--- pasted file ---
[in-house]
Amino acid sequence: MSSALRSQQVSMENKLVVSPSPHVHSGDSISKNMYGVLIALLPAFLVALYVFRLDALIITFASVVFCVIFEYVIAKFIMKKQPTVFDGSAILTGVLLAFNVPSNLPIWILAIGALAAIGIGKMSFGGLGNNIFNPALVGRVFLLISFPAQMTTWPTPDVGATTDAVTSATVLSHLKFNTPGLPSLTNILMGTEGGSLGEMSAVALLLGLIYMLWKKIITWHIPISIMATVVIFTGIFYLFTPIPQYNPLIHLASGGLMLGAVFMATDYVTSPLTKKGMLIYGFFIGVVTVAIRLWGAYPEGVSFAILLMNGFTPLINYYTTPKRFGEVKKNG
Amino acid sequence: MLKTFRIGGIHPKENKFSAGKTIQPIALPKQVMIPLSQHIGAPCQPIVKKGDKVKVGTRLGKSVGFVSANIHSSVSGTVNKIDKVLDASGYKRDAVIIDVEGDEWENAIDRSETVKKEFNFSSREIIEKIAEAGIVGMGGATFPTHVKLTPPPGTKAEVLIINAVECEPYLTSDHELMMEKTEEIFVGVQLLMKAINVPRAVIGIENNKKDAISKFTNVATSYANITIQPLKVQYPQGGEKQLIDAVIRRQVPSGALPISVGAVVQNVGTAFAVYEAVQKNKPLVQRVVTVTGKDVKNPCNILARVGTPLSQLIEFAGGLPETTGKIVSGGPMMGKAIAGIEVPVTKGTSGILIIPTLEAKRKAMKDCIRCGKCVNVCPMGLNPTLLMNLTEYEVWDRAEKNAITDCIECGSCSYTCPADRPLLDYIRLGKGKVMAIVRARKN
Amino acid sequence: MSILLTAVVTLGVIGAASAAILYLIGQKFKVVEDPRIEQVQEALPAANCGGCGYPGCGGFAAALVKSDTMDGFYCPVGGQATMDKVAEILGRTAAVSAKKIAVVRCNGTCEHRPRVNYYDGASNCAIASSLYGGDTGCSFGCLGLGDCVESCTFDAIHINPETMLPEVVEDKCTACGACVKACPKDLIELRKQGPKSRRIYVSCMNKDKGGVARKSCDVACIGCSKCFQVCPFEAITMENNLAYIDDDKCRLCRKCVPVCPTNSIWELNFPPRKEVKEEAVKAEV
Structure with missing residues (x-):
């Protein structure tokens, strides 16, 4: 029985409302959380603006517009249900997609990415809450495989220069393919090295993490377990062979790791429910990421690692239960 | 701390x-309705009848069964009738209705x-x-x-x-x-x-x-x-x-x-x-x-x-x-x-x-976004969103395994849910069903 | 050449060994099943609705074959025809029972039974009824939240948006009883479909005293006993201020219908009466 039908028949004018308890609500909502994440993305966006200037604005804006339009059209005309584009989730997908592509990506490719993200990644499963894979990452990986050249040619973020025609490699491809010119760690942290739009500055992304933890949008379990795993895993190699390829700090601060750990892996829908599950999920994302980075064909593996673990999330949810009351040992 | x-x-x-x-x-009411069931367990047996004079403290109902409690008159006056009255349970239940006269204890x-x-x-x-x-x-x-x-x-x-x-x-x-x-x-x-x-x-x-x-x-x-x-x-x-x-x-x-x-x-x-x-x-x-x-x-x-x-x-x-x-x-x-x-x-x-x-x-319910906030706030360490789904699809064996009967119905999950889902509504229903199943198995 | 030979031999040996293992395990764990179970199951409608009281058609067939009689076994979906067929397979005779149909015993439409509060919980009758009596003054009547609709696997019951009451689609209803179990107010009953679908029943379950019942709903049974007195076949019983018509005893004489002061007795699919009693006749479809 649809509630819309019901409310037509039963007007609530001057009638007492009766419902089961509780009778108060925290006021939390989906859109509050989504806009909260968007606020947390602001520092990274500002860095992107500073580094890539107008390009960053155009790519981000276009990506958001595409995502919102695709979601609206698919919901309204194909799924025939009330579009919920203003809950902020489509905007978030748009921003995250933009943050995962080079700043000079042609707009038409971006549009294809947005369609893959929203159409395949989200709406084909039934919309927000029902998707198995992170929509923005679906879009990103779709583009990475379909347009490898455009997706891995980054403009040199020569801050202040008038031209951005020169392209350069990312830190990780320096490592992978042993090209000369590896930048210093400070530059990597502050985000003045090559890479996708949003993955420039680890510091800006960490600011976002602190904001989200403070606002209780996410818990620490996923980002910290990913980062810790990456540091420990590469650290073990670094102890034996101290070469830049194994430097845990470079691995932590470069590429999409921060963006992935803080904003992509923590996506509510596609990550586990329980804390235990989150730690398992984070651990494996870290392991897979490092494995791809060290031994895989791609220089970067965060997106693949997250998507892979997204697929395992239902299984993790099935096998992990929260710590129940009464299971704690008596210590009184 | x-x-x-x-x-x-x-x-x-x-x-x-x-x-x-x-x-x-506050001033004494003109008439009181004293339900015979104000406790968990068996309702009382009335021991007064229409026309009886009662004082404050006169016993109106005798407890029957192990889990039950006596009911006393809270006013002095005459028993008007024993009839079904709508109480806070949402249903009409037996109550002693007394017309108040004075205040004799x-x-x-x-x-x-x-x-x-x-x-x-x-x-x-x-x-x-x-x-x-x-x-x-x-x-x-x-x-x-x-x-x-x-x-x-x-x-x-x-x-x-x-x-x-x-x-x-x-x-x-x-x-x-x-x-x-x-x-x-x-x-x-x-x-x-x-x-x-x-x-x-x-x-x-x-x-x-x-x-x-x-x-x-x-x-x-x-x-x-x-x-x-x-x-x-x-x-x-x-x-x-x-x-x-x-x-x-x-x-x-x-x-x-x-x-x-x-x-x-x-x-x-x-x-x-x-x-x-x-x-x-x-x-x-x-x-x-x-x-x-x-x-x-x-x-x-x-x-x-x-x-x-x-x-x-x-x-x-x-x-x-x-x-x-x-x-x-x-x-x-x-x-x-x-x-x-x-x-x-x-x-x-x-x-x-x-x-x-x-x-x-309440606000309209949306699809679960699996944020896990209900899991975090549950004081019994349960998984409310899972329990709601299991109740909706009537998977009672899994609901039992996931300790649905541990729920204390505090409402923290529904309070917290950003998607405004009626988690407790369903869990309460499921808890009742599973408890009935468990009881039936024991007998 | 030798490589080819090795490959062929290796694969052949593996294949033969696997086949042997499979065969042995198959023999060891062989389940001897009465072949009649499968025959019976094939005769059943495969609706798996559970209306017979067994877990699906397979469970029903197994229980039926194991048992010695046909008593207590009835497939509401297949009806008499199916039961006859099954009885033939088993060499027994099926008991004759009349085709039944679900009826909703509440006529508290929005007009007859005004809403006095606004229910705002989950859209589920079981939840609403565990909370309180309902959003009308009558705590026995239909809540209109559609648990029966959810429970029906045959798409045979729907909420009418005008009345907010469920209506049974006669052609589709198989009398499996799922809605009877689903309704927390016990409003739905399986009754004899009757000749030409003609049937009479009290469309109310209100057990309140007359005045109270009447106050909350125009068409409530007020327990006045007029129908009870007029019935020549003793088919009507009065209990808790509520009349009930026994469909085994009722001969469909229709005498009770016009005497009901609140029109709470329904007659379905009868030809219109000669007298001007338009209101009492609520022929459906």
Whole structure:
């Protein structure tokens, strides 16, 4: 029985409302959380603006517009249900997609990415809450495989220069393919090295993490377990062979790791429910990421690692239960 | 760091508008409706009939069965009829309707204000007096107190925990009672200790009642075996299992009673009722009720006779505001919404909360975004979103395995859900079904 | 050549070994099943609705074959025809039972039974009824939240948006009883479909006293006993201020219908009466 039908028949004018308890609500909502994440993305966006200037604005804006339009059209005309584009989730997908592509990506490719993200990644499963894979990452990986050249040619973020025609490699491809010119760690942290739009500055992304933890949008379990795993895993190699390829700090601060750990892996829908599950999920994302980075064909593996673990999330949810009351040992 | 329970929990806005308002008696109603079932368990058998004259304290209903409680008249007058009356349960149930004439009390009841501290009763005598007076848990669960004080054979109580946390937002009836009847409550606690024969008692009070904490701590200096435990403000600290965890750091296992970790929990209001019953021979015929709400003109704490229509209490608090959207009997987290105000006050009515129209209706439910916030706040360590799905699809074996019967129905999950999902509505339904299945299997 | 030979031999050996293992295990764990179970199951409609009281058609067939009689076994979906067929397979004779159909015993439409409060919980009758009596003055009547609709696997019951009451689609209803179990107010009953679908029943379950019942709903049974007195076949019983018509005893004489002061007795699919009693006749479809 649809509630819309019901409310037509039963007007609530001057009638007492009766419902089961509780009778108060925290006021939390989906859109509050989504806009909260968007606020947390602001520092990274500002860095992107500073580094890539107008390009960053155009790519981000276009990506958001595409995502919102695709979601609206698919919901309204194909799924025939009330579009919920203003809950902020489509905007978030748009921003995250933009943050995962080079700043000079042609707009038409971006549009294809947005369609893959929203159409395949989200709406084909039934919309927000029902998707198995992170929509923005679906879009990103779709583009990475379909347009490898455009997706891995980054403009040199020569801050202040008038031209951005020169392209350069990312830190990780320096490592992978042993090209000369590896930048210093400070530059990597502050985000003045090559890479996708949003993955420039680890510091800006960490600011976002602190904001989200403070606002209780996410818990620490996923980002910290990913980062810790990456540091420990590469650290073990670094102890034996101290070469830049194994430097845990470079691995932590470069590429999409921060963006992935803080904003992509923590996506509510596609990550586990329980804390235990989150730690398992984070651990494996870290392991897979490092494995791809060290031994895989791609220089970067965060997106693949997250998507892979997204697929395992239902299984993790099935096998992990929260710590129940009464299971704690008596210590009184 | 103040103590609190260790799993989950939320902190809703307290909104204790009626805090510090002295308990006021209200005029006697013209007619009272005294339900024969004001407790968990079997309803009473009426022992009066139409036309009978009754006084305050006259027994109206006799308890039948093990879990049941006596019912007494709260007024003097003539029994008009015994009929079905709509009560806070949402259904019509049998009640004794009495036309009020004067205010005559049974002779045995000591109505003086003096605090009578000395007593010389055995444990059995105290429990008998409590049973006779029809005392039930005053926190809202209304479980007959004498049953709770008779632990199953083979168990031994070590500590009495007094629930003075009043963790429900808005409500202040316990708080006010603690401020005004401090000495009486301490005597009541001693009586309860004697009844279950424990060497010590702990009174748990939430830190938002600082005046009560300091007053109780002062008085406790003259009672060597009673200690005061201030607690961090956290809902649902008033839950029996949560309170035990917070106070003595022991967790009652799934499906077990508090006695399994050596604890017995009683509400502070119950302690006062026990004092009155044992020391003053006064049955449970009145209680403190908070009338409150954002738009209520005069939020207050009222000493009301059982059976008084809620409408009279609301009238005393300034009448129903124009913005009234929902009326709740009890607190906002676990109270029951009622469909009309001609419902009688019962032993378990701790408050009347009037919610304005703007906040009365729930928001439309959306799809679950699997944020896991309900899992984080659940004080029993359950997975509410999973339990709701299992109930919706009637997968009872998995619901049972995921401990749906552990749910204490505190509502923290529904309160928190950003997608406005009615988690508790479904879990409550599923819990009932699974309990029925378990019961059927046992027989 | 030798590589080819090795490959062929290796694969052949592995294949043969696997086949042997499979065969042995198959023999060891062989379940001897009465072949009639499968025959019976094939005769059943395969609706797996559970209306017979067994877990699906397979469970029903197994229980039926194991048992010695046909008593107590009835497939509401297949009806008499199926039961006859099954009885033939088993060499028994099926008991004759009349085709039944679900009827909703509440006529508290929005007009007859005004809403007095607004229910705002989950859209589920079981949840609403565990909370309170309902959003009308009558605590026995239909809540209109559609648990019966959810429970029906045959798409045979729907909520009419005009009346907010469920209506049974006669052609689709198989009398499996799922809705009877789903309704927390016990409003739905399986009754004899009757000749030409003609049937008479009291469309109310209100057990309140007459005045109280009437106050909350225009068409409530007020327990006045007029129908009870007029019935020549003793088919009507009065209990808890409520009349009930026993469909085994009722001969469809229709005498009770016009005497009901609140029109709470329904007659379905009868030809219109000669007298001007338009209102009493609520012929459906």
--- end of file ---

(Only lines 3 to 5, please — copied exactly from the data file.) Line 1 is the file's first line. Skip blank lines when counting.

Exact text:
Amino acid sequence: MLKTFRIGGIHPKENKFSAGKTIQPIALPKQVMIPLSQHIGAPCQPIVKKGDKVKVGTRLGKSVGFVSANIHSSVSGTVNKIDKVLDASGYKRDAVIIDVEGDEWENAIDRSETVKKEFNFSSREIIEKIAEAGIVGMGGATFPTHVKLTPPPGTKAEVLIINAVECEPYLTSDHELMMEKTEEIFVGVQLLMKAINVPRAVIGIENNKKDAISKFTNVATSYANITIQPLKVQYPQGGEKQLIDAVIRRQVPSGALPISVGAVVQNVGTAFAVYEAVQKNKPLVQRVVTVTGKDVKNPCNILARVGTPLSQLIEFAGGLPETTGKIVSGGPMMGKAIAGIEVPVTKGTSGILIIPTLEAKRKAMKDCIRCGKCVNVCPMGLNPTLLMNLTEYEVWDRAEKNAITDCIECGSCSYTCPADRPLLDYIRLGKGKVMAIVRARKN
Amino acid sequence: MSILLTAVVTLGVIGAASAAILYLIGQKFKVVEDPRIEQVQEALPAANCGGCGYPGCGGFAAALVKSDTMDGFYCPVGGQATMDKVAEILGRTAAVSAKKIAVVRCNGTCEHRPRVNYYDGASNCAIASSLYGGDTGCSFGCLGLGDCVESCTFDAIHINPETMLPEVVEDKCTACGACVKACPKDLIELRKQGPKSRRIYVSCMNKDKGGVARKSCDVACIGCSKCFQVCPFEAITMENNLAYIDDDKCRLCRKCVPVCPTNSIWELNFPPRKEVKEEAVKAEV
Structure with missing residues (x-):